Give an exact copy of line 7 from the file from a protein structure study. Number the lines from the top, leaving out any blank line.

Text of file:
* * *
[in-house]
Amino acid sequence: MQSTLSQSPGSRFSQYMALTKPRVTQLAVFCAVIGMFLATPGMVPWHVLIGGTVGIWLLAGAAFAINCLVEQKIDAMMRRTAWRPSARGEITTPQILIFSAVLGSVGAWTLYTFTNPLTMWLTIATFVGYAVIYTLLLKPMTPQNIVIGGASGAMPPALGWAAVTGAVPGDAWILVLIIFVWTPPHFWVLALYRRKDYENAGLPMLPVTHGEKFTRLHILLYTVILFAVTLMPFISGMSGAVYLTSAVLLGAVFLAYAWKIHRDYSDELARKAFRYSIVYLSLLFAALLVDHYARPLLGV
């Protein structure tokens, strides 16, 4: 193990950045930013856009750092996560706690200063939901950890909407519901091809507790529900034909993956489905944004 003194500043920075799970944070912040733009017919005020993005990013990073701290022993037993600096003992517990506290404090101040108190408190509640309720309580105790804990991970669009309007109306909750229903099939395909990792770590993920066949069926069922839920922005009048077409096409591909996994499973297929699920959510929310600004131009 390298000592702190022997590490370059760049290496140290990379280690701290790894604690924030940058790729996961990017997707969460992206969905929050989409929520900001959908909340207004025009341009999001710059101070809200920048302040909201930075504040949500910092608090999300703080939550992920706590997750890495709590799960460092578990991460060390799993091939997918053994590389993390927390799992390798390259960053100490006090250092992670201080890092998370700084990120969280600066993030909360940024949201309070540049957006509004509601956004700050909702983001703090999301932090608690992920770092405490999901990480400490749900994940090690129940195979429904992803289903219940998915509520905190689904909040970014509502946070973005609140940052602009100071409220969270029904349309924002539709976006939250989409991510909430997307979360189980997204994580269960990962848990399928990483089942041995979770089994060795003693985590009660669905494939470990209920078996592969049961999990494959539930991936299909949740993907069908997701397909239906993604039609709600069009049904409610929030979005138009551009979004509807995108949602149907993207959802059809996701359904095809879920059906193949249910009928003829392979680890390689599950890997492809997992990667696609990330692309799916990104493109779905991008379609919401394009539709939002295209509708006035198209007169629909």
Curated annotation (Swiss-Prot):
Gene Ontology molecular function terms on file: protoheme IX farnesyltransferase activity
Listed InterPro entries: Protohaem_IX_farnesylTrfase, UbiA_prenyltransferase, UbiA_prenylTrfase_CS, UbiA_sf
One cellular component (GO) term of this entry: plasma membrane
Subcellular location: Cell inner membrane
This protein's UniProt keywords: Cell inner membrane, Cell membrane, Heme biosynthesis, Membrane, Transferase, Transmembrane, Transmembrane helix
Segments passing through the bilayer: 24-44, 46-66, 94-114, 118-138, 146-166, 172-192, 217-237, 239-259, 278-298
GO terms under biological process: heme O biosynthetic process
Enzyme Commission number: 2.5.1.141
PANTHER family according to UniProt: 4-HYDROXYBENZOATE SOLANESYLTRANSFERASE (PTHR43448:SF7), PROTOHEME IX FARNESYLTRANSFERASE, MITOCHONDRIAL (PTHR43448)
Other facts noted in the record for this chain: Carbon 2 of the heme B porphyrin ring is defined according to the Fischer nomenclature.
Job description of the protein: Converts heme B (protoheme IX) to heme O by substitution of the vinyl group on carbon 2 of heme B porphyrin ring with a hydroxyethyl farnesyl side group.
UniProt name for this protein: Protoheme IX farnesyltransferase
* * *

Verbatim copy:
One cellular component (GO) term of this entry: plasma membrane